Lionsgate's new demonic horror Prey for the Devil is possessing headlines lately, from the recently-revealed poster art to a full trailer release. In preparation for the film's theatrical take-over on October 28, just in time for Halloween, director Daniel Stamm sat down with Bloody Disgusting for an exclusive interview to discuss the newest addition to the demon possession sub-genre. Stamm offered insight into what sets Prey for the Devil apart from its horror counterparts, from the depth and nuance of the script, the original concept of a demonic outbreak plaguing Earth, to a female protagonist.

The premise of Prey for the Devil stems from a sudden outbreak of demon possessions across the globe, which compels the Catholic Church to reopen exorcism schools for young priests. Equipping the men with the ability to perform the Rite of Exocism will ensure a larger number of spiritual warriors in the battle for souls. When Sister Ann (Jacqueline Byers) is permitted to observe one professor takes notice of her gifts and offers to train the nun. On the frontline of spiritual warfare is where Sister Ann must confront her past demons who are threatening to return for her soul.

Something that's not been done, as far as possession flicks, is to feature a female protagonist as the performer of exorcisms. So often women are the victims of demon possession (read: The Exorcist, The Conjuring, The Exorcism of Emily Rose, etc.) and that's due, in large part, to the staunch traditional requirement of simply being a man in order to become a priest and be admitted to learn the Rite of Exorcism by the Catholic Church. Stamm insists that Prey of the Devil will turn this notion on its head, and that Sister Ann is putting forth the proclamation that "’s time to focus on the victim, the possessed, the one you claim to be fighting for. You need to make them more than the battlefield you are stomping around in. Let’s stop screaming our bible verses and listen for a moment, instead.” A noble take on the genre, but let's hope the execution can deliver us from evil.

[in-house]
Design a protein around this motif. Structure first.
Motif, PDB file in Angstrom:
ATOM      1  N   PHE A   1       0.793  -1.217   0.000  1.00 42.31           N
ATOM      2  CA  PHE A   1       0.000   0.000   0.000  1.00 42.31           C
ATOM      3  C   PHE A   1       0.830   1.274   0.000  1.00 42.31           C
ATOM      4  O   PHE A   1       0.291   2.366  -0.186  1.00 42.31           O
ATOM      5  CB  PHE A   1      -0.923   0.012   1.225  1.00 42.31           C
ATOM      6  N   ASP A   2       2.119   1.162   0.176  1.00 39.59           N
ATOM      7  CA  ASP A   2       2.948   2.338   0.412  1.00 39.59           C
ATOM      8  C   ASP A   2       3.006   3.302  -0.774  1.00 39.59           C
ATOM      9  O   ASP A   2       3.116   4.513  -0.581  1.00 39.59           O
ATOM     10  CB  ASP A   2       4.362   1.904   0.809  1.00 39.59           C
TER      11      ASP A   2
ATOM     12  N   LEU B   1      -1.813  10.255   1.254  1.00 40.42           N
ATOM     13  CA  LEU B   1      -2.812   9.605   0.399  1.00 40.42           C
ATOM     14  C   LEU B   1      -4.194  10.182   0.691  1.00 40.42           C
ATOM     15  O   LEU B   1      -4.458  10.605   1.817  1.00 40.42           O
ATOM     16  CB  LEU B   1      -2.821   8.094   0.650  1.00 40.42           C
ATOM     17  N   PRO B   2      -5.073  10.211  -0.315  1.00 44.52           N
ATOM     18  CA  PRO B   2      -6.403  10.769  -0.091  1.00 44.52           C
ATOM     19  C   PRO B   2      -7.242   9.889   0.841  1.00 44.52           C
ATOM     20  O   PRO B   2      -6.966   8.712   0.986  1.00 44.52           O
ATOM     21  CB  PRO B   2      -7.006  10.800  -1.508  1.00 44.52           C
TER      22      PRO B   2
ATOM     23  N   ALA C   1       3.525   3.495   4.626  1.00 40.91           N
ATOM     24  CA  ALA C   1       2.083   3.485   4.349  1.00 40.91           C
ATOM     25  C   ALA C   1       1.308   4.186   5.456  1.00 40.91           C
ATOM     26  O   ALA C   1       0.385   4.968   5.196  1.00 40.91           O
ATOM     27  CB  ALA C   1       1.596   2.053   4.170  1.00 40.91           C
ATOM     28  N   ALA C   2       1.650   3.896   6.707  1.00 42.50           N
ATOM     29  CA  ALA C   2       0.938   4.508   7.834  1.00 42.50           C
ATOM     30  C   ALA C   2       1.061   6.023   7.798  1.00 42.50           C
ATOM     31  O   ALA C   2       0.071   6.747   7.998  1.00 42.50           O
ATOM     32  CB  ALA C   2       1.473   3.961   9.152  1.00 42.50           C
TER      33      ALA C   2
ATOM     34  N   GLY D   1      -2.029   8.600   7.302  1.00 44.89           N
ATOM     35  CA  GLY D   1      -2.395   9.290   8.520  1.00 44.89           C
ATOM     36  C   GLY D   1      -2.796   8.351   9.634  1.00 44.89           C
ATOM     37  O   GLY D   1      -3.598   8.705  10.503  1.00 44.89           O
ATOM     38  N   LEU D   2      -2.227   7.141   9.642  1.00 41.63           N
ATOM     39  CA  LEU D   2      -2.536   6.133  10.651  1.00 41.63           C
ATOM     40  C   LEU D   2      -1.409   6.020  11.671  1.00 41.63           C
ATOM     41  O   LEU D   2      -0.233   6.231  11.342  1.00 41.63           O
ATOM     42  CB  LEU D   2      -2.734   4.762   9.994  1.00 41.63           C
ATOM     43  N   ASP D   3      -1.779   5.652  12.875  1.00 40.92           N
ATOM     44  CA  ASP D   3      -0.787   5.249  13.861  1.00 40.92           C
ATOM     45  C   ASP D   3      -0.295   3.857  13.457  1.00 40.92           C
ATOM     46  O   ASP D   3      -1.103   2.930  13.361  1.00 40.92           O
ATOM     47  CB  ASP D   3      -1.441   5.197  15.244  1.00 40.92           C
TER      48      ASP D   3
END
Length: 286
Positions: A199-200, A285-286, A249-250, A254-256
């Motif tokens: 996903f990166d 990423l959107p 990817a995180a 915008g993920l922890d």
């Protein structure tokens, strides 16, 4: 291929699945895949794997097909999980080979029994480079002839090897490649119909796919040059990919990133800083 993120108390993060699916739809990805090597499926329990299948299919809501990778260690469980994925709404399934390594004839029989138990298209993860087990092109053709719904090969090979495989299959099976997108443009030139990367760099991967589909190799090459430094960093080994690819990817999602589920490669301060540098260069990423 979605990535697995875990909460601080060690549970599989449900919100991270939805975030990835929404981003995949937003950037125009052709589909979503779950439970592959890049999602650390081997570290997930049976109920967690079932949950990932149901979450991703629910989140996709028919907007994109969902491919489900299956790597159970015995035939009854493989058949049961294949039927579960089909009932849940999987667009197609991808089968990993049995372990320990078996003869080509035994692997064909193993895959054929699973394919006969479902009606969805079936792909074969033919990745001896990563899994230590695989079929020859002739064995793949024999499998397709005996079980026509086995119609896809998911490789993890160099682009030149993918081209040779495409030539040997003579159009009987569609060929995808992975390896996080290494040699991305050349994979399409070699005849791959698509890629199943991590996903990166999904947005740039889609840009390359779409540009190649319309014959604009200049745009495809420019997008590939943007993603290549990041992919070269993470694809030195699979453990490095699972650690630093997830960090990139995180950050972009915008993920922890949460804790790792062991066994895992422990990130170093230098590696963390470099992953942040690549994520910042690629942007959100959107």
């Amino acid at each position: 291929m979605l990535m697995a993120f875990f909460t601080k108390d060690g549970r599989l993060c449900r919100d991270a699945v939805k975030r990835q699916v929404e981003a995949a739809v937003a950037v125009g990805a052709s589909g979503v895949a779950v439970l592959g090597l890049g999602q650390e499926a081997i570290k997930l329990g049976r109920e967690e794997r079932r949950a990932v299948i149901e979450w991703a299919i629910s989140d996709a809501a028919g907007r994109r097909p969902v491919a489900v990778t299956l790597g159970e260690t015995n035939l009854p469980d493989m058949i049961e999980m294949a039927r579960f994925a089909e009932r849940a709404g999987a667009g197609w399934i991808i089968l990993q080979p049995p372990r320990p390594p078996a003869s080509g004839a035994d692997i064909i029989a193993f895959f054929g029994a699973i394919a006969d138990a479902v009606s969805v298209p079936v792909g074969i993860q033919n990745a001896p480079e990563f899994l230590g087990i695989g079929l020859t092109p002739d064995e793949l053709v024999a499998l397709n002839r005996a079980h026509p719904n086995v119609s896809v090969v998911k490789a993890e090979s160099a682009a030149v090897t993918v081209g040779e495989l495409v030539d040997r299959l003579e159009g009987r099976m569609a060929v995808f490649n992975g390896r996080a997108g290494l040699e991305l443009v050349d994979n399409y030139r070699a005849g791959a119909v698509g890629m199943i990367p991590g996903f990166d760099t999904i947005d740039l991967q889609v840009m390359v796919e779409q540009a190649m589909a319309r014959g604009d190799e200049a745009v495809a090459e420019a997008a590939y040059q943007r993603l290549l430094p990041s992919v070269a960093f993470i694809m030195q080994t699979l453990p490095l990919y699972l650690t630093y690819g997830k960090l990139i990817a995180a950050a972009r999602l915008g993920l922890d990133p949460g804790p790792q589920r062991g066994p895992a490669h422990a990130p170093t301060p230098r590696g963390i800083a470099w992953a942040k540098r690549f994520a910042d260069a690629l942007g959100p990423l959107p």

According to Stamm, Prey also explores past emotional trauma between Ann and her mother, providing another layer to the demon vs. church shtick. In the trailer Sister Ann reveals that her mother struggled with depression, but that even then Ann suspected it was something more sinister at work. The director details the element of mother/daughter trauma, referring to Sister Ann as a victim of childhood trauma and abuse, explaining that "she is a child clinging to her love for her mother so tightly, that she’d rather face the devil himself than accept that her mother didn’t love her." Blurring the lines between reality and metaphor, Stamm says that the persistence of this demon to stake claim of Ann's soul is due to a generational struggle passed down from her mother. Whether this heaped-on trauma gives our protagonist an upper hand or a distinct disadvantage is yet to be determined.